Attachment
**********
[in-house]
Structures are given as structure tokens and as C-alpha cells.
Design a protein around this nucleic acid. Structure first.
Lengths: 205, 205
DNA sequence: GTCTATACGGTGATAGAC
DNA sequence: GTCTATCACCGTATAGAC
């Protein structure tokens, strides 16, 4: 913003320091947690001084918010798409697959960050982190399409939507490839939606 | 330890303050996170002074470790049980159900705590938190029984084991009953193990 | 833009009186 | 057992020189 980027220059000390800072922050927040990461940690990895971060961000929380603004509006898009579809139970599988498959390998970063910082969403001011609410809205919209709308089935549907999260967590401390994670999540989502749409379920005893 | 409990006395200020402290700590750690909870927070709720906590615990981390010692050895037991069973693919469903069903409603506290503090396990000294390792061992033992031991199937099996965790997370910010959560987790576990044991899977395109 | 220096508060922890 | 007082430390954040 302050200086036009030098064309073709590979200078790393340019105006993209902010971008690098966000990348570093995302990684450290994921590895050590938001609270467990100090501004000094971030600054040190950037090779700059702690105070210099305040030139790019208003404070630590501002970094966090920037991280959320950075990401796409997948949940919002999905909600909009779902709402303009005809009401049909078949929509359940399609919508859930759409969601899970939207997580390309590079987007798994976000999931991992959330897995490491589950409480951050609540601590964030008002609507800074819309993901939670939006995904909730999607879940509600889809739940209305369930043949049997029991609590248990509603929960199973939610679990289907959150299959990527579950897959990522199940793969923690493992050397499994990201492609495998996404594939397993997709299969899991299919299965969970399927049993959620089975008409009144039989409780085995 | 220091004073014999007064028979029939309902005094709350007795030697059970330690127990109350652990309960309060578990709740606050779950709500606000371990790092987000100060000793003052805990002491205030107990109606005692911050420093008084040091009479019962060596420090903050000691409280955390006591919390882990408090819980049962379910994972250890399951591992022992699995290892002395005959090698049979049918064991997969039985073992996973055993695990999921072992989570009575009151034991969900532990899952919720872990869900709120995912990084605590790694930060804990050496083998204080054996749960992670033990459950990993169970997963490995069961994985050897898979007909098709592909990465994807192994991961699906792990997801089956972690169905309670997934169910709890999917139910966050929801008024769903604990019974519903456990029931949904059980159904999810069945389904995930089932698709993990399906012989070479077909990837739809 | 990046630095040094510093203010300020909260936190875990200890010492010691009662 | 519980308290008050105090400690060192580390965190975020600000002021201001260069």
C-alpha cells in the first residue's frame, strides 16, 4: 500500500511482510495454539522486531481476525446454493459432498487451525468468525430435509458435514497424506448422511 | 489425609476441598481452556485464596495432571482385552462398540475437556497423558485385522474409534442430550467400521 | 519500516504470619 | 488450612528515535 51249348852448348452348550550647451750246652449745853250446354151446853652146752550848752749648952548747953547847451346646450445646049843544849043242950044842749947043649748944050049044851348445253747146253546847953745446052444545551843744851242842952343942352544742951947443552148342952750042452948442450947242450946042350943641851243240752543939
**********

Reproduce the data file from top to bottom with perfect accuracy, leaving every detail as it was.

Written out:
[in-house]
Structures are given as structure tokens and as C-alpha cells.
Design a protein around this nucleic acid. Structure first.
Lengths: 205, 205
DNA sequence: GTCTATACGGTGATAGAC
DNA sequence: GTCTATCACCGTATAGAC
């Protein structure tokens, strides 16, 4: 913003320091947690001084918010798409697959960050982190399409939507490839939606 | 330890303050996170002074470790049980159900705590938190029984084991009953193990 | 833009009186 | 057992020189 980027220059000390800072922050927040990461940690990895971060961000929380603004509006898009579809139970599988498959390998970063910082969403001011609410809205919209709308089935549907999260967590401390994670999540989502749409379920005893 | 409990006395200020402290700590750690909870927070709720906590615990981390010692050895037991069973693919469903069903409603506290503090396990000294390792061992033992031991199937099996965790997370910010959560987790576990044991899977395109 | 220096508060922890 | 007082430390954040 302050200086036009030098064309073709590979200078790393340019105006993209902010971008690098966000990348570093995302990684450290994921590895050590938001609270467990100090501004000094971030600054040190950037090779700059702690105070210099305040030139790019208003404070630590501002970094966090920037991280959320950075990401796409997948949940919002999905909600909009779902709402303009005809009401049909078949929509359940399609919508859930759409969601899970939207997580390309590079987007798994976000999931991992959330897995490491589950409480951050609540601590964030008002609507800074819309993901939670939006995904909730999607879940509600889809739940209305369930043949049997029991609590248990509603929960199973939610679990289907959150299959990527579950897959990522199940793969923690493992050397499994990201492609495998996404594939397993997709299969899991299919299965969970399927049993959620089975008409009144039989409780085995 | 220091004073014999007064028979029939309902005094709350007795030697059970330690127990109350652990309960309060578990709740606050779950709500606000371990790092987000100060000793003052805990002491205030107990109606005692911050420093008084040091009479019962060596420090903050000691409280955390006591919390882990408090819980049962379910994972250890399951591992022992699995290892002395005959090698049979049918064991997969039985073992996973055993695990999921072992989570009575009151034991969900532990899952919720872990869900709120995912990084605590790694930060804990050496083998204080054996749960992670033990459950990993169970997963490995069961994985050897898979007909098709592909990465994807192994991961699906792990997801089956972690169905309670997934169910709890999917139910966050929801008024769903604990019974519903456990029931949904059980159904999810069945389904995930089932698709993990399906012989070479077909990837739809 | 990046630095040094510093203010300020909260936190875990200890010492010691009662 | 519980308290008050105090400690060192580390965190975020600000002021201001260069």
C-alpha cells in the first residue's frame, strides 16, 4: 500500500511482510495454539522486531481476525446454493459432498487451525468468525430435509458435514497424506448422511 | 489425609476441598481452556485464596495432571482385552462398540475437556497423558485385522474409534442430550467400521 | 519500516504470619 | 488450612528515535 51249348852448348452348550550647451750246652449745853250446354151446853652146752550848752749648952548747953547847451346646450445646049843544849043242950044842749947043649748944050049044851348445253747146253546847953745446052444545551843744851242842952343942352544742951947443552148342952750042452948442450947242450946042350943641851243240752543939